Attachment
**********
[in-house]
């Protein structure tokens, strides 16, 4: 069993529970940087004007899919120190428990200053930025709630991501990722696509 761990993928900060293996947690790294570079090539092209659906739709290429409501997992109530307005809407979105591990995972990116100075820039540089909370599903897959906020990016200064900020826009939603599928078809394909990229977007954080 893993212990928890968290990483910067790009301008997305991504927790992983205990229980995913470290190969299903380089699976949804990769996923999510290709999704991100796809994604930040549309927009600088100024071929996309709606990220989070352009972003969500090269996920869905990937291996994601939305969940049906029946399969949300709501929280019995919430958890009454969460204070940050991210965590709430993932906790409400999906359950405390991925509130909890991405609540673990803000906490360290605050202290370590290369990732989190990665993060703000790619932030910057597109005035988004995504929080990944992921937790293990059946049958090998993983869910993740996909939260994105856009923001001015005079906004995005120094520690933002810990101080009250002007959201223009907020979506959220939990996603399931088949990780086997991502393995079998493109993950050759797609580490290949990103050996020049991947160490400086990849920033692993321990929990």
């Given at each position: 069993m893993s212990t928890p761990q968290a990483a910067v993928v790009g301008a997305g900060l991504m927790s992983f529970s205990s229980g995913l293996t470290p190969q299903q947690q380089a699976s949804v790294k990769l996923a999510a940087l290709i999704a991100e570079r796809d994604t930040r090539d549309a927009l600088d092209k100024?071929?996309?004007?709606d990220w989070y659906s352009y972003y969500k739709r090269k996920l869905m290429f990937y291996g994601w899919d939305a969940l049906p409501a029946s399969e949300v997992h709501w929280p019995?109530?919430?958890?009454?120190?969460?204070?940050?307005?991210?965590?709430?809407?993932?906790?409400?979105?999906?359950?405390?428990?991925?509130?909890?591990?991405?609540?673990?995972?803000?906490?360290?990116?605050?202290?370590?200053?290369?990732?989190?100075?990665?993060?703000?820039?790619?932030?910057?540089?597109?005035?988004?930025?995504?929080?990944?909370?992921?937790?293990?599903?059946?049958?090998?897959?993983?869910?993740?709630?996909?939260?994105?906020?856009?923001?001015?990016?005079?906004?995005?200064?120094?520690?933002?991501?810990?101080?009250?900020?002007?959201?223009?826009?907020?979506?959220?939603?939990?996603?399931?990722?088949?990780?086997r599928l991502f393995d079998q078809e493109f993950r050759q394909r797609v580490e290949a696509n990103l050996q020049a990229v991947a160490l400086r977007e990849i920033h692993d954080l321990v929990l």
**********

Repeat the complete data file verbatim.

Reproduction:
[in-house]
């Protein structure tokens, strides 16, 4: 069993529970940087004007899919120190428990200053930025709630991501990722696509 761990993928900060293996947690790294570079090539092209659906739709290429409501997992109530307005809407979105591990995972990116100075820039540089909370599903897959906020990016200064900020826009939603599928078809394909990229977007954080 893993212990928890968290990483910067790009301008997305991504927790992983205990229980995913470290190969299903380089699976949804990769996923999510290709999704991100796809994604930040549309927009600088100024071929996309709606990220989070352009972003969500090269996920869905990937291996994601939305969940049906029946399969949300709501929280019995919430958890009454969460204070940050991210965590709430993932906790409400999906359950405390991925509130909890991405609540673990803000906490360290605050202290370590290369990732989190990665993060703000790619932030910057597109005035988004995504929080990944992921937790293990059946049958090998993983869910993740996909939260994105856009923001001015005079906004995005120094520690933002810990101080009250002007959201223009907020979506959220939990996603399931088949990780086997991502393995079998493109993950050759797609580490290949990103050996020049991947160490400086990849920033692993321990929990």
């Given at each position: 069993m893993s212990t928890p761990q968290a990483a910067v993928v790009g301008a997305g900060l991504m927790s992983f529970s205990s229980g995913l293996t470290p190969q299903q947690q380089a699976s949804v790294k990769l996923a999510a940087l290709i999704a991100e570079r796809d994604t930040r090539d549309a927009l600088d092209k100024?071929?996309?004007?709606d990220w989070y659906s352009y972003y969500k739709r090269k996920l869905m290429f990937y291996g994601w899919d939305a969940l049906p409501a029946s399969e949300v997992h709501w929280p019995?109530?919430?958890?009454?120190?969460?204070?940050?307005?991210?965590?709430?809407?993932?906790?409400?979105?999906?359950?405390?428990?991925?509130?909890?591990?991405?609540?673990?995972?803000?906490?360290?990116?605050?202290?370590?200053?290369?990732?989190?100075?990665?993060?703000?820039?790619?932030?910057?540089?597109?005035?988004?930025?995504?929080?990944?909370?992921?937790?293990?599903?059946?049958?090998?897959?993983?869910?993740?709630?996909?939260?994105?906020?856009?923001?001015?990016?005079?906004?995005?200064?120094?520690?933002?991501?810990?101080?009250?900020?002007?959201?223009?826009?907020?979506?959220?939603?939990?996603?399931?990722?088949?990780?086997r599928l991502f393995d079998q078809e493109f993950r050759q394909r797609v580490e290949a696509n990103l050996q020049a990229v991947a160490l400086r977007e990849i920033h692993d954080l321990v929990l």